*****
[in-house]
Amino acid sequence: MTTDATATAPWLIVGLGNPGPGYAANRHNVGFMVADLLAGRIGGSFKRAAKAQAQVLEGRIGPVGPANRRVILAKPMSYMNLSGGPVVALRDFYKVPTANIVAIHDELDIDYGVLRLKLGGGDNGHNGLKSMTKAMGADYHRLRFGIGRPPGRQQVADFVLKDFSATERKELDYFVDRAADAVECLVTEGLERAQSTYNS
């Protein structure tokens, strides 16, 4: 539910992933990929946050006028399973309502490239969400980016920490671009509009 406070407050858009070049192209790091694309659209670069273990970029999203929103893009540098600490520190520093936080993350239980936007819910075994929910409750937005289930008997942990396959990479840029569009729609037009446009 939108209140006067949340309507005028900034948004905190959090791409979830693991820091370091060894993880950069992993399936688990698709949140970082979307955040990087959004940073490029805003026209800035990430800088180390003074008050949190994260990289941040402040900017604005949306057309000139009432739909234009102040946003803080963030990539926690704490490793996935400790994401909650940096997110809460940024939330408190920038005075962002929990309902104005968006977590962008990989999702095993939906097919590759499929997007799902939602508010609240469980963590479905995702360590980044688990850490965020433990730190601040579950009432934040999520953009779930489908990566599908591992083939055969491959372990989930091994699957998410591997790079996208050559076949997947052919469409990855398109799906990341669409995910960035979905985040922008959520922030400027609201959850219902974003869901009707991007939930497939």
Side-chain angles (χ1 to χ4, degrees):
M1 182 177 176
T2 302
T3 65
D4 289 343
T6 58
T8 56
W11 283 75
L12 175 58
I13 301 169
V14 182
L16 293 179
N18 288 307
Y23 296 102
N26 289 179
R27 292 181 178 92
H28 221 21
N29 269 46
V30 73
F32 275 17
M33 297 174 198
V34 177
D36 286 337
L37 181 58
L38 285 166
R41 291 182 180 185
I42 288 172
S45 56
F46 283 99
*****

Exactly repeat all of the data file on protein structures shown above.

[in-house]
Amino acid sequence: MTTDATATAPWLIVGLGNPGPGYAANRHNVGFMVADLLAGRIGGSFKRAAKAQAQVLEGRIGPVGPANRRVILAKPMSYMNLSGGPVVALRDFYKVPTANIVAIHDELDIDYGVLRLKLGGGDNGHNGLKSMTKAMGADYHRLRFGIGRPPGRQQVADFVLKDFSATERKELDYFVDRAADAVECLVTEGLERAQSTYNS
């Protein structure tokens, strides 16, 4: 539910992933990929946050006028399973309502490239969400980016920490671009509009 406070407050858009070049192209790091694309659209670069273990970029999203929103893009540098600490520190520093936080993350239980936007819910075994929910409750937005289930008997942990396959990479840029569009729609037009446009 939108209140006067949340309507005028900034948004905190959090791409979830693991820091370091060894993880950069992993399936688990698709949140970082979307955040990087959004940073490029805003026209800035990430800088180390003074008050949190994260990289941040402040900017604005949306057309000139009432739909234009102040946003803080963030990539926690704490490793996935400790994401909650940096997110809460940024939330408190920038005075962002929990309902104005968006977590962008990989999702095993939906097919590759499929997007799902939602508010609240469980963590479905995702360590980044688990850490965020433990730190601040579950009432934040999520953009779930489908990566599908591992083939055969491959372990989930091994699957998410591997790079996208050559076949997947052919469409990855398109799906990341669409995910960035979905985040922008959520922030400027609201959850219902974003869901009707991007939930497939």
Side-chain angles (χ1 to χ4, degrees):
M1 182 177 176
T2 302
T3 65
D4 289 343
T6 58
T8 56
W11 283 75
L12 175 58
I13 301 169
V14 182
L16 293 179
N18 288 307
Y23 296 102
N26 289 179
R27 292 181 178 92
H28 221 21
N29 269 46
V30 73
F32 275 17
M33 297 174 198
V34 177
D36 286 337
L37 181 58
L38 285 166
R41 291 182 180 185
I42 288 172
S45 56
F46 283 99